The head of the Centers for Disease Control and Prevention (CDC) warned Friday that the U.S. is likely to top 100,000 coronavirus deaths by the start of June — citing a dozen forecasting models that make the grim prediction.
“CDC tracks 12 different forecasting models of possible #COVID19 deaths in the US. As of May 11, all forecast an increase in deaths in the coming weeks and a cumulative total exceeding 100,000 by June 1,” CDC Director Robert Redfield tweeted.
While the prediction is to an extent expected — the U.S. is already on 87,530 deaths, according to Johns Hopkins University — it marks a grim milestone in the fight against the virus.
However, it is significantly lower than the 2 million deaths the White House was warned in January and February could result if precautions were not implemented.
But there has also been some skepticism about the way officials are reporting deaths. Some states count presumed coronavirus deaths along with confirmed cases under CDC guidance issued last month. Other states don’t count those deaths.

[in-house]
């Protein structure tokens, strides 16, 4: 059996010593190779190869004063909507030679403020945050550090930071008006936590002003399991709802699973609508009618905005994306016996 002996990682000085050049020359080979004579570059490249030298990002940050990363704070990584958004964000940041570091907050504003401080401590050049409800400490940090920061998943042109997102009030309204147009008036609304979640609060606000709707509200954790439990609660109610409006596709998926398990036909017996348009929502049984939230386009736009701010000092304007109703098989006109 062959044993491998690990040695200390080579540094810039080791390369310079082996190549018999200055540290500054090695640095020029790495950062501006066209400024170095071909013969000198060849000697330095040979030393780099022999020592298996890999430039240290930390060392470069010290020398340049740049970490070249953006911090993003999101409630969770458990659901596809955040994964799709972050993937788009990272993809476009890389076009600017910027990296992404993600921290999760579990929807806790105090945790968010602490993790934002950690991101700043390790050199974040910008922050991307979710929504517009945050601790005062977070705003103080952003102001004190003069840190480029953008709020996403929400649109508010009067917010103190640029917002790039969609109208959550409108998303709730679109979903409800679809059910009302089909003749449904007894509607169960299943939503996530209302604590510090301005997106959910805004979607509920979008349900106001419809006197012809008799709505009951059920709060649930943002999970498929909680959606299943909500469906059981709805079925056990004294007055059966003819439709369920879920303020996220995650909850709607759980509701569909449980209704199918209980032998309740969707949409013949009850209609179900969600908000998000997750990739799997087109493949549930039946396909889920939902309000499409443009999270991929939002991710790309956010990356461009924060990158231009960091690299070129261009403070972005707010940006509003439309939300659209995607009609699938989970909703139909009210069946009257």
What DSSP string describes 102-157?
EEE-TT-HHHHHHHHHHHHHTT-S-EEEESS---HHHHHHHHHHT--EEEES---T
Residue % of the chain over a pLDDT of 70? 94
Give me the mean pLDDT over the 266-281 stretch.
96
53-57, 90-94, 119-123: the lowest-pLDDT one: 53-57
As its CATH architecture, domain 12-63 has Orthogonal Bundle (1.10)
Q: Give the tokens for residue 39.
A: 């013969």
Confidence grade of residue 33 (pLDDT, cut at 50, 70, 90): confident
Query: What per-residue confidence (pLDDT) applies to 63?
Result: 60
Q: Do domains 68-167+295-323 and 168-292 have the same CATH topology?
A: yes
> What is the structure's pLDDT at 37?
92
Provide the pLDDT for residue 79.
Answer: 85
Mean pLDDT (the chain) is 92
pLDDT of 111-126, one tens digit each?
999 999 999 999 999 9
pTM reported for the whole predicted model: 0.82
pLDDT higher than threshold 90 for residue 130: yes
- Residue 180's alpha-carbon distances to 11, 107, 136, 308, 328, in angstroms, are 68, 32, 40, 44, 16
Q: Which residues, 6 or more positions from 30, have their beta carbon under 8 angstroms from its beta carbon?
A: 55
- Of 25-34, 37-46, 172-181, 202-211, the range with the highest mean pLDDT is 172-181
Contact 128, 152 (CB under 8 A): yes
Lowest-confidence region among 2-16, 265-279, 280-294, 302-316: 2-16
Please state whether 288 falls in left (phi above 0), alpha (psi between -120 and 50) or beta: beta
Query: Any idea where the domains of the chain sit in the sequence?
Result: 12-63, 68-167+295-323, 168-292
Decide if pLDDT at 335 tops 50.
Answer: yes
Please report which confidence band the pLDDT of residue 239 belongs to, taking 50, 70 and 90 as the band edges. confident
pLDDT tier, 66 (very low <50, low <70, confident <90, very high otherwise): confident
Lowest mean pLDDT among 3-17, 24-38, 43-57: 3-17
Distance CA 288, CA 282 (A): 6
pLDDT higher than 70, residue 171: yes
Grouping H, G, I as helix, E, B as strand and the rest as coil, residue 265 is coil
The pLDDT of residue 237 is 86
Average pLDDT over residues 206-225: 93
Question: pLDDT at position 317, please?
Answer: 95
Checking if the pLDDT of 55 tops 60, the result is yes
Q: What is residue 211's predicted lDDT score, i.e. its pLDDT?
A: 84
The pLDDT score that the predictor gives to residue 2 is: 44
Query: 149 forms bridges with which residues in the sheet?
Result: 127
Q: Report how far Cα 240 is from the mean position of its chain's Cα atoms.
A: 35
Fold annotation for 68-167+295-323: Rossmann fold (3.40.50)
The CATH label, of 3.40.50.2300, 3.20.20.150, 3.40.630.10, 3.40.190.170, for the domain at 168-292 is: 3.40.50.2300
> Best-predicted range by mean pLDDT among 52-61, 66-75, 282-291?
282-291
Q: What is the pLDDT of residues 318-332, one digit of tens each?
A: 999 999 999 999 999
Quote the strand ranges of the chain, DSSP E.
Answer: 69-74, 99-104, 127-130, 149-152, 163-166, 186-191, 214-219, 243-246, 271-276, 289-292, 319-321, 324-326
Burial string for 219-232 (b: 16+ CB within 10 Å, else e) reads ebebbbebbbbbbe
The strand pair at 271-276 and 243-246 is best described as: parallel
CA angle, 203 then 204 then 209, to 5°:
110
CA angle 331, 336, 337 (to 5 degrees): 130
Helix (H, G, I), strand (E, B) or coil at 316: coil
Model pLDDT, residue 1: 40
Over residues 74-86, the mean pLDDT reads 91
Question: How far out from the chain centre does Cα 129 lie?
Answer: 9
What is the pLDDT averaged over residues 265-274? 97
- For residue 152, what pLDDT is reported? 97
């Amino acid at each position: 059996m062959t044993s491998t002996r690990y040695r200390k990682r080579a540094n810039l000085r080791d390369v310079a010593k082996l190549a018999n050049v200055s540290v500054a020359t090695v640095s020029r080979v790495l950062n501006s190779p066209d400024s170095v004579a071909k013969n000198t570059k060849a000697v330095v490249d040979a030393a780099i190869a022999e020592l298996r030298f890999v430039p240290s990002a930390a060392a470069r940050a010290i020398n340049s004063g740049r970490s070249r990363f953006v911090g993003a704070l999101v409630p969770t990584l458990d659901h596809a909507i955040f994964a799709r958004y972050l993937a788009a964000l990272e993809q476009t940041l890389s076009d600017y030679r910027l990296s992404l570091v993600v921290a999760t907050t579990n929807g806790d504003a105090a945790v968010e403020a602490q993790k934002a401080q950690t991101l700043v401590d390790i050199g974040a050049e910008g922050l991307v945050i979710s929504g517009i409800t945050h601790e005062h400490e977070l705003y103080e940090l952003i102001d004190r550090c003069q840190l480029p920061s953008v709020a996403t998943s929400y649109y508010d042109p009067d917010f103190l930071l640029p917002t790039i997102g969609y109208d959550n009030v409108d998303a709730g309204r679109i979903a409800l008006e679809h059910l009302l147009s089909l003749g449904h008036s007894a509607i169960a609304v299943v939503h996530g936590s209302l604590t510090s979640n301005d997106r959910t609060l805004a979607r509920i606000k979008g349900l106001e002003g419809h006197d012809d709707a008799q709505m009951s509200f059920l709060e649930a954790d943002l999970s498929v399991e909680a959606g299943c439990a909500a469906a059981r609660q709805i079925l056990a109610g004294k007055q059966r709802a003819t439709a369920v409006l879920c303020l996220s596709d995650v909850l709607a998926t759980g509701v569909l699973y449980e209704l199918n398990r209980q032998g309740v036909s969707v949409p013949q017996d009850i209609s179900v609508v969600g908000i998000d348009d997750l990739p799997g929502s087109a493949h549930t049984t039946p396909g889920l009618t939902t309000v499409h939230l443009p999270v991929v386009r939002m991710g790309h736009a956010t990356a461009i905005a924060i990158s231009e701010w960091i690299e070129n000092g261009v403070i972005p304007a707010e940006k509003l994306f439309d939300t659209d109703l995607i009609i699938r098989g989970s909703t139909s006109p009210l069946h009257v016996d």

Deaths have been classified as a COVID-19 death even after a physician or loved ones reported otherwise. And those who died “with” COVID-19 have been included in the count with those who died “of” COVID-19.
“I think a lot of clinicians are putting that condition (COVID-19) on death certificates when it might not be accurate because they died with coronavirus and not of coronavirus,” Macomb County, Mich., Chief Medical Examiner Daniel Spitz in an interview with the Ann Arbor News last month.
Redfield’s prediction came as the White House ramps up efforts to reopen the country after the measures to stop the slow of the spread of the virus sent the economy into freefall — with the unemployment rate hitting 14.7 percent this month and expected to rise further.
President Trump on Friday announced “Operation Warp Speed” — a new initiative aimed at developing, manufacturing and distributing a “proven” vaccine.
Trump described the administration’s plan as “a massive scientific industrial and logistical endeavor unlike anything our country has seen since the Manhattan Project” of World War II, with the intent to rapidly develop and distribute a vaccine with help from the U.S. military and world-renowned doctors and scientists.
“We’d love to see if we can do it prior to the end of the year,” the president said. “We think we’re going to have some very good results coming out very quickly.”
Fox News’ Robert Gearty contributed to this report.